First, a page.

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Curriculum & Leadership Journal
An electronic journal for leaders in education
ISSN: 1448-0743
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Leading schools towards sustainability

Annette Gough
Associate Professor, Science and Environmental Education, Deakin University

It is now over a decade since the Victorian Primary Principals Association and the Victorian Association of Secondary Principals first published Leadership in learning to care for the environment: an Environmental Education strategy for Victorian school principals (1993/1997). The purpose of this strategy was to provide a framework of school level principles and actions to develop the whole school community's awareness, understandings, skills, attitudes and involvement in addressing the environmental challenges facing society.

The implementation strategies it outlined include:

  • developing school policies on Environmental Education
  • implementing environmentally responsible school operations
  • investing in appropriate professional development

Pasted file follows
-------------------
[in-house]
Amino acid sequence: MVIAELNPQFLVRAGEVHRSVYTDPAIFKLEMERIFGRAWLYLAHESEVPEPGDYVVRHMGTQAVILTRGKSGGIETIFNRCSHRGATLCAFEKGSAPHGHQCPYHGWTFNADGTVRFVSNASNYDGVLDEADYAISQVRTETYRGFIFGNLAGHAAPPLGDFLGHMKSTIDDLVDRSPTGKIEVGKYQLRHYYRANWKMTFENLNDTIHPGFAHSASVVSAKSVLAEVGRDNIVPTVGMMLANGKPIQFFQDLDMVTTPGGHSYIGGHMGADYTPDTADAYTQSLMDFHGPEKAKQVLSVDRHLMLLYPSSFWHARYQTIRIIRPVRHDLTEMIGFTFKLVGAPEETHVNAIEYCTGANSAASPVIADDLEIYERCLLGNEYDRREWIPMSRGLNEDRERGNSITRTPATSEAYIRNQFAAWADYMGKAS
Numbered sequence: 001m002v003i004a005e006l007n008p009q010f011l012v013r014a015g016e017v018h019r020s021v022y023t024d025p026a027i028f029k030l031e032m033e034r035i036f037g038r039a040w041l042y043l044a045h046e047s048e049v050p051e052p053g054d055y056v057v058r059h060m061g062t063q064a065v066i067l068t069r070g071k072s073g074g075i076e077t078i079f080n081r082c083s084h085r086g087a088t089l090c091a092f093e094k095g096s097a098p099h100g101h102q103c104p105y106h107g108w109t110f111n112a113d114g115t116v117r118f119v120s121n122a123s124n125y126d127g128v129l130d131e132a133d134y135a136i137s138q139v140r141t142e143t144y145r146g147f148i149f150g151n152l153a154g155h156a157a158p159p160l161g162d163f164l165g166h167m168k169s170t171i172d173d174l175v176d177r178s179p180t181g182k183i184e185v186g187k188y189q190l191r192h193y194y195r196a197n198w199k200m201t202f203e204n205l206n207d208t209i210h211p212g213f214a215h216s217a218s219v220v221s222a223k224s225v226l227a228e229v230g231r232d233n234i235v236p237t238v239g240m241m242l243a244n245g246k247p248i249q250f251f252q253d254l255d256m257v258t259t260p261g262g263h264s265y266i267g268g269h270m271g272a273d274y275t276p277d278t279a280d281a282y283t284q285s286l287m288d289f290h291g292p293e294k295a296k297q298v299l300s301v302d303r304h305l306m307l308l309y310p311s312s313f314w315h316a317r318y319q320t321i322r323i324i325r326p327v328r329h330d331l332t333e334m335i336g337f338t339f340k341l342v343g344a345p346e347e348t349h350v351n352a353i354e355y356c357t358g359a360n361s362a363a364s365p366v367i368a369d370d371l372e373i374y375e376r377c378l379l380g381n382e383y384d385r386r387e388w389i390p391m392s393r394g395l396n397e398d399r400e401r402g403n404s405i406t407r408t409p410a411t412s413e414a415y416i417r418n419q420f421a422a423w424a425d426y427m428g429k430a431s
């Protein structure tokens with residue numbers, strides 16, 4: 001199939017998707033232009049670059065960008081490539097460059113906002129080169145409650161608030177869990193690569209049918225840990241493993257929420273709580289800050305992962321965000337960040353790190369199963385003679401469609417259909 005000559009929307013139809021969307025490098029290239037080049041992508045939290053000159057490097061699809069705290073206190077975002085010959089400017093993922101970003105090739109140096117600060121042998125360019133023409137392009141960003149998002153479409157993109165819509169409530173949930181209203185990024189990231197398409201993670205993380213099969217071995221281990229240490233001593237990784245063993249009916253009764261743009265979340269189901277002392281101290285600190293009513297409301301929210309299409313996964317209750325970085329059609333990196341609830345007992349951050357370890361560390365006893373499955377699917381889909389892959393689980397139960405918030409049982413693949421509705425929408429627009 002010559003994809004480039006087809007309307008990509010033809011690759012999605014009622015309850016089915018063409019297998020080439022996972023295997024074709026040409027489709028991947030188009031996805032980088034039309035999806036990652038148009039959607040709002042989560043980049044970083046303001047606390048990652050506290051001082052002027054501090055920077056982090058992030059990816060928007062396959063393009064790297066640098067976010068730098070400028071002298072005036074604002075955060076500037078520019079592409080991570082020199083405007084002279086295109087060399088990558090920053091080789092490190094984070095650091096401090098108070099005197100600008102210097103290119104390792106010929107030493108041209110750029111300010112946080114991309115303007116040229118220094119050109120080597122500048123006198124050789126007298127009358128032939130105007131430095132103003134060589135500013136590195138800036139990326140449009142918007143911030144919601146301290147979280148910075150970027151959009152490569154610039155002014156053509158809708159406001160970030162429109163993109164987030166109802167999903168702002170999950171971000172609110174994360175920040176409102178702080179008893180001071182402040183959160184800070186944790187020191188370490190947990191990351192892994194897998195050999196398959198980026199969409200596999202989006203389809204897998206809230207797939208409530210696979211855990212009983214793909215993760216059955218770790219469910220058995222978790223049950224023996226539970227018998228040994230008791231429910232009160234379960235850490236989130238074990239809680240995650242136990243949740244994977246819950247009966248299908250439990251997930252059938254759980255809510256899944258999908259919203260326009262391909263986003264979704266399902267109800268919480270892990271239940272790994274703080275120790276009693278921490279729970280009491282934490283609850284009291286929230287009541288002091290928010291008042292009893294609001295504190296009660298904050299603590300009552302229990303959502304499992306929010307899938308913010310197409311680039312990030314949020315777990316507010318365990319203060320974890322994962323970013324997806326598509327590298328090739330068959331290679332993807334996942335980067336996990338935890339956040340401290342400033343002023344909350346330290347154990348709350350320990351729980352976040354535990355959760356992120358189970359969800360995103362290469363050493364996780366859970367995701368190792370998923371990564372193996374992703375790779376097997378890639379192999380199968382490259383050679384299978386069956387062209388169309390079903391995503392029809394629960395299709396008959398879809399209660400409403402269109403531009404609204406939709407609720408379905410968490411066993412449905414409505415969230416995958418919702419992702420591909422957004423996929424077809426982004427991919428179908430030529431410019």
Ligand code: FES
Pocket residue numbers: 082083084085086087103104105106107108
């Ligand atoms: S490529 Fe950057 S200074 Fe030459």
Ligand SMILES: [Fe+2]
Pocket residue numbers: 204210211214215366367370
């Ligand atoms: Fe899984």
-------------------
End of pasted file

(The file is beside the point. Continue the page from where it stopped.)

• achieving savings through reduced resource usage (such as paper, power, water)
  • opening up the school as a community resource
  • having flexible timetabling
  • ensuring the school site is developed as an indigenous habitat and that it follows environmentally sound design principals
  • changing the curriculum.
That principals play a key role in the successful implementation of educational change is well documented in the literature (for example, in the writings of Michael Fullan), but it has also been a strong finding from the recent work of the Victorian Science in Schools Research Project (see, for example, http://www.scienceinschools.org).

Specifically, the principal's roles include:

  • legitimising the change process
  • providing a context of security and challenge within which change can flourish
  • providing moral support for change agents in the school
  • sustaining the momentum of change.

The key role of the principal and school leadership team in leading schools towards sustainability also emerged strongly from the recent evaluation of the Sustainable Schools Stormwater Action Project 2003/2004 (Gough 2004), part of the broader Sustainable Schools initiative. Funded by the Environmental Protection Agency and implemented by the Gould League and CERES, the Stormwater Action Project aimed to develop, trial and evaluate water-related projects in a number of schools.